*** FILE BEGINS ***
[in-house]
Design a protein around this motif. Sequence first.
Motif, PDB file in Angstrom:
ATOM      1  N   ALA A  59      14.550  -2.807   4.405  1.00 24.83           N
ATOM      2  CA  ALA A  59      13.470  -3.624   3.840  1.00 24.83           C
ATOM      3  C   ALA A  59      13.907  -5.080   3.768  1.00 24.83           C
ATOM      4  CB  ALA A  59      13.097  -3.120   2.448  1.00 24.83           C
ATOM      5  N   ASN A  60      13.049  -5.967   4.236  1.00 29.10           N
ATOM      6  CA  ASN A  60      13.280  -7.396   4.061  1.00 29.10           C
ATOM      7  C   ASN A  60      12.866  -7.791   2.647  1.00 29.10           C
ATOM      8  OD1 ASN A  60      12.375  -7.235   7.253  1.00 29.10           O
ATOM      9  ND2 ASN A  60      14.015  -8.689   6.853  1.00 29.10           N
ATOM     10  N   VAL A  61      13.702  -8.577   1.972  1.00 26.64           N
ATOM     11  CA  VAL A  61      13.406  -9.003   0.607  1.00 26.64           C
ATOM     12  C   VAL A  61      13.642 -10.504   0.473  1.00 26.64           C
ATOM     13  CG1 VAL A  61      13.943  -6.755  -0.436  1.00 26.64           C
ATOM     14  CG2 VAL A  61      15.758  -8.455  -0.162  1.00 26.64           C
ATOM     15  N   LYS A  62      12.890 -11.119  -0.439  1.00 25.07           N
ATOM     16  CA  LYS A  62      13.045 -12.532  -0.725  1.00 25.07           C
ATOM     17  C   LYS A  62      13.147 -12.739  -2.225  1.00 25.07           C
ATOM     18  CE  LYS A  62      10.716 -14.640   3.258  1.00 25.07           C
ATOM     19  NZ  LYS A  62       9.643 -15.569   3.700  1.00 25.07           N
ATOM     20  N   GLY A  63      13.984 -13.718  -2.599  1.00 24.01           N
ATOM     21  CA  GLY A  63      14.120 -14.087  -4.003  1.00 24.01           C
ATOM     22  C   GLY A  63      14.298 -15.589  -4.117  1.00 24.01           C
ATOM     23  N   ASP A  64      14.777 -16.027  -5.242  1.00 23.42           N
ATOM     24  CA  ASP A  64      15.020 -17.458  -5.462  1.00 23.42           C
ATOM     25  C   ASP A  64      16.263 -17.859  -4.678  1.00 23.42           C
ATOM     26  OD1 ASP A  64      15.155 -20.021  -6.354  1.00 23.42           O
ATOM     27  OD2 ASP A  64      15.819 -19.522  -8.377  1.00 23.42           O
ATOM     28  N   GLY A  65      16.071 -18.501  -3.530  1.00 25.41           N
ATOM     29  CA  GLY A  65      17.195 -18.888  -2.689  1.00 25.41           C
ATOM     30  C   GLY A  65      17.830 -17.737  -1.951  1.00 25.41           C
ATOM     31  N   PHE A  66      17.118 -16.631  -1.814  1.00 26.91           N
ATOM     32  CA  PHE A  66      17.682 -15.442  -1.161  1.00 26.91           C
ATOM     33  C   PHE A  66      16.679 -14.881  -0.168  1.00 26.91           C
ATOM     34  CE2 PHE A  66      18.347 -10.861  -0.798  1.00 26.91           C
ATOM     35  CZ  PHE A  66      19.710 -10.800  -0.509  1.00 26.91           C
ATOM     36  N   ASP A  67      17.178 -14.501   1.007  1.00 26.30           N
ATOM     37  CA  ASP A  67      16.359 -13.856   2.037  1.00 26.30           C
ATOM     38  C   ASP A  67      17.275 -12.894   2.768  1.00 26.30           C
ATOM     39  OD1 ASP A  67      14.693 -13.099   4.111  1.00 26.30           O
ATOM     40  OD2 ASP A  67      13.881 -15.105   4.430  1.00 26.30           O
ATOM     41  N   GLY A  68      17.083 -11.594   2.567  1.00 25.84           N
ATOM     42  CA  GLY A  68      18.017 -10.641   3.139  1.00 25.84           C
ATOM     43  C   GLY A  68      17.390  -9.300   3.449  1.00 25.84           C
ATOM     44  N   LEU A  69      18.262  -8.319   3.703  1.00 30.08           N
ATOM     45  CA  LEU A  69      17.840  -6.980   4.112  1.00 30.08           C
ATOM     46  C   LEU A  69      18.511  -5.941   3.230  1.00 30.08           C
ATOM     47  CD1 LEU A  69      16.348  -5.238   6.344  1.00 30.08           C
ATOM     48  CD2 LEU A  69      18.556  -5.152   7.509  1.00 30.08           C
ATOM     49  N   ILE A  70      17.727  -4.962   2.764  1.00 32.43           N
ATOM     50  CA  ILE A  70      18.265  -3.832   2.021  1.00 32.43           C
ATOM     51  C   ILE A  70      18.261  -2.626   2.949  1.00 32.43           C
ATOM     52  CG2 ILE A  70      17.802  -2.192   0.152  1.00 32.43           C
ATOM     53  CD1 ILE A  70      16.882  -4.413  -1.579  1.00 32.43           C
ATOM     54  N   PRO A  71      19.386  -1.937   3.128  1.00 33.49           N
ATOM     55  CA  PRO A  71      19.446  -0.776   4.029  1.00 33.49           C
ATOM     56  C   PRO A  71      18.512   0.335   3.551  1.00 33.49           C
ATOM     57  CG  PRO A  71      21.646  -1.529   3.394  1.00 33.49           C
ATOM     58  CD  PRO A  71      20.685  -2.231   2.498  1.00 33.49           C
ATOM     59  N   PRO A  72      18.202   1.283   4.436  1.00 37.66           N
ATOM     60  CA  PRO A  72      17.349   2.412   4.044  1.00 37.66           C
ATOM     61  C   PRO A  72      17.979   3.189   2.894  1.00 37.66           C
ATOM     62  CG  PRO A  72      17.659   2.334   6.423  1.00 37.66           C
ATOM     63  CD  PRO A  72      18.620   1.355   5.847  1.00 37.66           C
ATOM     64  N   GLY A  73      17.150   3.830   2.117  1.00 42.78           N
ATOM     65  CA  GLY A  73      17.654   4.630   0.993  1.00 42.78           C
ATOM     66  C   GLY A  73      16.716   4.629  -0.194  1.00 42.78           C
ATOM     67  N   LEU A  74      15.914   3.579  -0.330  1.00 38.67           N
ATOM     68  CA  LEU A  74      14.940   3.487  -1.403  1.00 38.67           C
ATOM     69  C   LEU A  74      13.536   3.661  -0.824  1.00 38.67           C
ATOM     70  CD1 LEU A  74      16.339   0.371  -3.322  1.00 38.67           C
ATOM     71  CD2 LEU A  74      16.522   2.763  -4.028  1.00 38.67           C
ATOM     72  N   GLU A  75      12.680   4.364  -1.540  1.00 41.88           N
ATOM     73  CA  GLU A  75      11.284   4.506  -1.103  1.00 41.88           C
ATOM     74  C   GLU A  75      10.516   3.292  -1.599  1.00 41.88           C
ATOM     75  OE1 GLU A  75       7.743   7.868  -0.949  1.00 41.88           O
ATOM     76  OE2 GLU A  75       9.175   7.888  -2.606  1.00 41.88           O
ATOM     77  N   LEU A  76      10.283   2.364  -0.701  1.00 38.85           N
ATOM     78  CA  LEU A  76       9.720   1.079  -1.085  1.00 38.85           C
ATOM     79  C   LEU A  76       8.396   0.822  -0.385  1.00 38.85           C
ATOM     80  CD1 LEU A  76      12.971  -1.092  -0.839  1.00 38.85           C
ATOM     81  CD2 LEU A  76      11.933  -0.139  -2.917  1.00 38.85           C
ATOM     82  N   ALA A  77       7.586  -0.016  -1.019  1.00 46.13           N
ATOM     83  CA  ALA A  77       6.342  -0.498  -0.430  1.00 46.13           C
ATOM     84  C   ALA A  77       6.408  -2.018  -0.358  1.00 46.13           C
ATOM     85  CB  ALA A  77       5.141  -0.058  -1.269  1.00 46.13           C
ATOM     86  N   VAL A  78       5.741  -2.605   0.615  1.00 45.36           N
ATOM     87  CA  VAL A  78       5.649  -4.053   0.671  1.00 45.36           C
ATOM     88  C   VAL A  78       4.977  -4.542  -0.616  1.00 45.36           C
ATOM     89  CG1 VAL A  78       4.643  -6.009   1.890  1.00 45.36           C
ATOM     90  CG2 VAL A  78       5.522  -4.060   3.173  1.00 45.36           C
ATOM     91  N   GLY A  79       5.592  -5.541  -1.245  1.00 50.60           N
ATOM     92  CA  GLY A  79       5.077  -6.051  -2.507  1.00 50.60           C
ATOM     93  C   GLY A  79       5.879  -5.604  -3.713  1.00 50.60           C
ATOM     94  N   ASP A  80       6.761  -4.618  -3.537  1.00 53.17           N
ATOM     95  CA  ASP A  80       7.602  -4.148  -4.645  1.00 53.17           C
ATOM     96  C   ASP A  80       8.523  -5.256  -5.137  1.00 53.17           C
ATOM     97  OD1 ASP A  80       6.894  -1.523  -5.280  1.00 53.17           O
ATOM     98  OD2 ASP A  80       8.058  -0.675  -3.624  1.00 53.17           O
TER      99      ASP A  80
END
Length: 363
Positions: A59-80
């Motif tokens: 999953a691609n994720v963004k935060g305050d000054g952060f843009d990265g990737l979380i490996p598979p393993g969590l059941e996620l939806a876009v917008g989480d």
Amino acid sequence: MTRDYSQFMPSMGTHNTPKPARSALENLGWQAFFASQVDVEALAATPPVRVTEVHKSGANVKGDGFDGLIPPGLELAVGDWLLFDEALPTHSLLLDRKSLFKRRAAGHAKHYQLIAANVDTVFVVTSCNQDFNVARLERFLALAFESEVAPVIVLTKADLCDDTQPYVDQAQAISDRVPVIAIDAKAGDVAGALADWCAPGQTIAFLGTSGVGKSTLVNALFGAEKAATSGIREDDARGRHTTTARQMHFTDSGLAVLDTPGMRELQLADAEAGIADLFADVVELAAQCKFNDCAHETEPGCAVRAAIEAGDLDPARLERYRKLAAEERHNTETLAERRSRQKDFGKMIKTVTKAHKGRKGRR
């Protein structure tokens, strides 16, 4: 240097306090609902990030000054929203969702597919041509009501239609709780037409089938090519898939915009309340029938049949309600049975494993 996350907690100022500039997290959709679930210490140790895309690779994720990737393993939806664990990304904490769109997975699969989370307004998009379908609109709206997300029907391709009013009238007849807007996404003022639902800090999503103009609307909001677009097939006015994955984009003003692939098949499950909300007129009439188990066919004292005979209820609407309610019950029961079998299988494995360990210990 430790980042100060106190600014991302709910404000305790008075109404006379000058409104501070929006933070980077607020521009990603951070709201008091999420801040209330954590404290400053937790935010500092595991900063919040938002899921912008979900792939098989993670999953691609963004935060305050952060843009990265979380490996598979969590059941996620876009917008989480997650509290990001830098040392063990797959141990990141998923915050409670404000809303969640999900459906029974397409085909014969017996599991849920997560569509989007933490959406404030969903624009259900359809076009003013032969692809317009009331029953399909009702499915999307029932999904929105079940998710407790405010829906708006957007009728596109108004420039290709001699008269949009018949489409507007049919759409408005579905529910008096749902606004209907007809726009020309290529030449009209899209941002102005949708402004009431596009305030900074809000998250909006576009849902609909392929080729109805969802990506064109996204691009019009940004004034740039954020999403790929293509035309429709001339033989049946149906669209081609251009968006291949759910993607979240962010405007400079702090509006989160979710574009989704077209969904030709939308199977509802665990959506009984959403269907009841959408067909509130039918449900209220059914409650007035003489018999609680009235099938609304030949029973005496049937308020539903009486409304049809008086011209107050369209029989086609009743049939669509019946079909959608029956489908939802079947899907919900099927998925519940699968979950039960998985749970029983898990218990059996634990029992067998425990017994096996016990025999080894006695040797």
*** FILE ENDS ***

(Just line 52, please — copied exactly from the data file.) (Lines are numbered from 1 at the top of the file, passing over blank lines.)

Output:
ATOM     49  N   ILE A  70      17.727  -4.962   2.764  1.00 32.43           N